According to the National Council on Alcoholism and Drug Dependence (NCADD), most drugs overstimulate the brain’s neurotransmitter called dopamine, a chemical that nerve cells release so that the brain can send signals. The brain has multiple dopamine pathways. One of those pathways is known to have a distinct effect on the brain’s reward and pleasure centers. By taking drugs, this system becomes overstimulated.
According to the National Institute on Drug Abuse (NIDA), drugs tap into the brain’s communication system. Drug use and abuse can impede the brain’s ability to send, receive, and process information normally.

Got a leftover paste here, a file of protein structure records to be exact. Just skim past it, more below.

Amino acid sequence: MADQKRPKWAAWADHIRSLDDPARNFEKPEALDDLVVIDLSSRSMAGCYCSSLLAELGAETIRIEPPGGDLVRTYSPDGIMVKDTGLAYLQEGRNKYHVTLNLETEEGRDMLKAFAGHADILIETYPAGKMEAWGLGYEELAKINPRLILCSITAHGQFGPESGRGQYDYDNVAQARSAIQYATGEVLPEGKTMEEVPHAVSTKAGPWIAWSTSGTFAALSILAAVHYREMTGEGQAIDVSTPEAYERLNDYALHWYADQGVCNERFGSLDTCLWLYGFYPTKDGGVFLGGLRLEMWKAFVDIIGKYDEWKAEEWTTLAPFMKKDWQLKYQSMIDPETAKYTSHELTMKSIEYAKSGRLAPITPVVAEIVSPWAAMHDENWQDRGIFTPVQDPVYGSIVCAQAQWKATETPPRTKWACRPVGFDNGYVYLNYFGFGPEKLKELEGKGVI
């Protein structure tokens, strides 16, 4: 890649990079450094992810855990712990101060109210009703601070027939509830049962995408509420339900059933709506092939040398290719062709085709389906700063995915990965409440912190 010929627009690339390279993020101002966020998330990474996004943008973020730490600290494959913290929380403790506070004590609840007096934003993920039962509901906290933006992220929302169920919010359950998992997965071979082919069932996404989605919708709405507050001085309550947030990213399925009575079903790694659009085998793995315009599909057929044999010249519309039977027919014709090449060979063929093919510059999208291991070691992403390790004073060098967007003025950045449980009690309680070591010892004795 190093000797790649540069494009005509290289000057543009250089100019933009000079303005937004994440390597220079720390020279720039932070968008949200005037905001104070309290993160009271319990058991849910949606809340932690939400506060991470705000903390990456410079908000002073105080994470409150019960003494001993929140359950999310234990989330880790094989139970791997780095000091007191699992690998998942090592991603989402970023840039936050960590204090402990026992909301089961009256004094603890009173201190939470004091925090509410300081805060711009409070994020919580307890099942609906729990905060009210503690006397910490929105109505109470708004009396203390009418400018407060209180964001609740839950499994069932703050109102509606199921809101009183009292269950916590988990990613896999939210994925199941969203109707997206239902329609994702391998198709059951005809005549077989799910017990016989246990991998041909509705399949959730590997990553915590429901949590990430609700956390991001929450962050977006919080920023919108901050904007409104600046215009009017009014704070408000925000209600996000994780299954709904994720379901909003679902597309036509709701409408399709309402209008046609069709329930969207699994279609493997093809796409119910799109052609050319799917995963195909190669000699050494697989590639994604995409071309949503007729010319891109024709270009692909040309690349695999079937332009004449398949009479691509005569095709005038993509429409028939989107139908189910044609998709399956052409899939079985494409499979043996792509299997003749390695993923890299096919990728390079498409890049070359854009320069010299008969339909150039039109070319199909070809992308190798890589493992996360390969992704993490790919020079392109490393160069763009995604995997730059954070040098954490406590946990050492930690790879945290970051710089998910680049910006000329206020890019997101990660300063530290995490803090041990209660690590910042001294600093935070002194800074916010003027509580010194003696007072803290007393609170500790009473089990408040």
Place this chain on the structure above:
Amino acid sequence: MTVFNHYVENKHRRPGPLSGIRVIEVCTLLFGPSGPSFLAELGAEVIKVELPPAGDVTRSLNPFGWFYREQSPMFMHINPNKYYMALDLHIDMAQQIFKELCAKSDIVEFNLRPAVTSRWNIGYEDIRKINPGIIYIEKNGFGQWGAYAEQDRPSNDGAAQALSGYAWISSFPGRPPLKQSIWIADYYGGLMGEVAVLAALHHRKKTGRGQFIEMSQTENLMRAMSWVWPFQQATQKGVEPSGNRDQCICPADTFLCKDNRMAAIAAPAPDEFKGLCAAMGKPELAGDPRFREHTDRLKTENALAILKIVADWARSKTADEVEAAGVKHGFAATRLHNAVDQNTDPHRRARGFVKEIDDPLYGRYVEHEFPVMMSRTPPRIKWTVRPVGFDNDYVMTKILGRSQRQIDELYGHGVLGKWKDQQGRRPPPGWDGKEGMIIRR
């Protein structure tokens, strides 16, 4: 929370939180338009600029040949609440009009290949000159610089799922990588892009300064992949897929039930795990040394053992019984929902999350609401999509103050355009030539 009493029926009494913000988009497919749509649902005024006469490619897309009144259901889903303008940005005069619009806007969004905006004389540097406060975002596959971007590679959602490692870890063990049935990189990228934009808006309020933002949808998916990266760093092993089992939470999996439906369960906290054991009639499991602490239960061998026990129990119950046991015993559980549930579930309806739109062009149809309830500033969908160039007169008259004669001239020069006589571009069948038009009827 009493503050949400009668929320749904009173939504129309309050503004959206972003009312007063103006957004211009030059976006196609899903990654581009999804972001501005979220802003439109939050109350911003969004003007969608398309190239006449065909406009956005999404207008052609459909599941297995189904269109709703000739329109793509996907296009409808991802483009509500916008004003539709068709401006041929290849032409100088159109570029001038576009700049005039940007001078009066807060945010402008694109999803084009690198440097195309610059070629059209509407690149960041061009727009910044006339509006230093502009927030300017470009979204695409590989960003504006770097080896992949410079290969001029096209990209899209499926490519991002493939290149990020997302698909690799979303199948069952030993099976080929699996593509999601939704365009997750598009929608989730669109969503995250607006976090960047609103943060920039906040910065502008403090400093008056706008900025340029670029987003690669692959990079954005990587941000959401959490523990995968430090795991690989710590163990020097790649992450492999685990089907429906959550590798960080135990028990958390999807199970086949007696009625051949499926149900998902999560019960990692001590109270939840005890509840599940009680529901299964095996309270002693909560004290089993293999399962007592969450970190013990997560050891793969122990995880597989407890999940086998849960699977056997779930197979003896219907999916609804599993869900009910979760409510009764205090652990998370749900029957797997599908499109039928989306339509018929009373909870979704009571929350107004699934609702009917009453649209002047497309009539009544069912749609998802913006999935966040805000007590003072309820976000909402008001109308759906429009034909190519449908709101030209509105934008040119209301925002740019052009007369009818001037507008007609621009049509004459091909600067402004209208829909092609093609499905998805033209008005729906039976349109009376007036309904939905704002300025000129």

Over time, the brain adapts to an overstimulated dopamine system by producing less dopamine or lower the number of overall receptors, making it more difficult to function normally without the drugs. The NCADD also states that long-term drug use can affect regions of the brain used for judgment, learning, memory, and behavior.
Perhaps NIDA summarized the long-term effects of drugs on the brain best, “Drug addiction erodes a person’s self-control and ability to make sound decisions, while producing intense impulses to take drugs.”